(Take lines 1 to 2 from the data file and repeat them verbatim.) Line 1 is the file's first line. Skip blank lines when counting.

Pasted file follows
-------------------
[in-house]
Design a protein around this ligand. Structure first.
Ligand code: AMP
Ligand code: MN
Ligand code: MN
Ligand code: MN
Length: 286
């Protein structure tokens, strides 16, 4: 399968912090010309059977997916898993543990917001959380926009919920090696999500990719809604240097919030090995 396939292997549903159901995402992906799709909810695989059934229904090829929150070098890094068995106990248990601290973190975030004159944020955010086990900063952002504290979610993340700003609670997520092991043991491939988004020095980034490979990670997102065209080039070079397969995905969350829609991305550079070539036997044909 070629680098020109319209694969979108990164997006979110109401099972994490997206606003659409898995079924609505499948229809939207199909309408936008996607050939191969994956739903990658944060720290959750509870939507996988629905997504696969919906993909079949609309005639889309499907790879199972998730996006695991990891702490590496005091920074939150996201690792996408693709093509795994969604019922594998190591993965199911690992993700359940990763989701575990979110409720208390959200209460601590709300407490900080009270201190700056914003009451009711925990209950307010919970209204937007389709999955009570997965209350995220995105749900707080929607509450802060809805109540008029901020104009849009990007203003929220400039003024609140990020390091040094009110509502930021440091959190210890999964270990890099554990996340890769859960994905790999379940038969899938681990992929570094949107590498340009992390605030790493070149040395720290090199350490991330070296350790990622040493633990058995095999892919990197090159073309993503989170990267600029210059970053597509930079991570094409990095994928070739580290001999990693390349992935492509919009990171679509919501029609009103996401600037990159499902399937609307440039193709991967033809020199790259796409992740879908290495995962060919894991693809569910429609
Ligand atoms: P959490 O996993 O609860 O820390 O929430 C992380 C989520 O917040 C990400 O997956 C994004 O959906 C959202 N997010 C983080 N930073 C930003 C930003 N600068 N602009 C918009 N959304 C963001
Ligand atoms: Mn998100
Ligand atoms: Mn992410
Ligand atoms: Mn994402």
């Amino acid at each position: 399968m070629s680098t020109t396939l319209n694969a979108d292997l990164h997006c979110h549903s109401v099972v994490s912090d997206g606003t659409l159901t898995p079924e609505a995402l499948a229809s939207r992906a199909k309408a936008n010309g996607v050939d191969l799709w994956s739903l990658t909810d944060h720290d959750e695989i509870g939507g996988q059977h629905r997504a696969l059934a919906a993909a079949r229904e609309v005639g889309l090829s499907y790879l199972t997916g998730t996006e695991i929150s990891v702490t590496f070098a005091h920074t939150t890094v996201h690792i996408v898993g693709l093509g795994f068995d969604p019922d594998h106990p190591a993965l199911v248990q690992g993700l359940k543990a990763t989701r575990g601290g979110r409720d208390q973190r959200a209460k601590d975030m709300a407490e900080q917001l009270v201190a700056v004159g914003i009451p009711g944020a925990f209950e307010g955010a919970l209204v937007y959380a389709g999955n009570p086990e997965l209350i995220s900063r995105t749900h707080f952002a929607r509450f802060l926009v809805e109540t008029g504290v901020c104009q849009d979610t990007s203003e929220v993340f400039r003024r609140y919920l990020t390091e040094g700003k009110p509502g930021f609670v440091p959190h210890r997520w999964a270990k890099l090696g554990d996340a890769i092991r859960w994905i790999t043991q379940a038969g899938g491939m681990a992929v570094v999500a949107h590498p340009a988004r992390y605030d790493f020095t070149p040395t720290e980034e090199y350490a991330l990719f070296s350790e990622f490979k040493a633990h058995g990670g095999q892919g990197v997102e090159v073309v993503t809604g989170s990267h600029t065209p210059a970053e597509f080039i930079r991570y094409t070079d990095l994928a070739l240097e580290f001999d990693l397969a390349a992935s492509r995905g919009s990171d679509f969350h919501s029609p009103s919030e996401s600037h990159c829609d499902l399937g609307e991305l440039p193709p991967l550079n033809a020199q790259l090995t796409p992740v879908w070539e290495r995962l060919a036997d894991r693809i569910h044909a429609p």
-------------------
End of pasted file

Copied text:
[in-house]
Design a protein around this ligand. Structure first.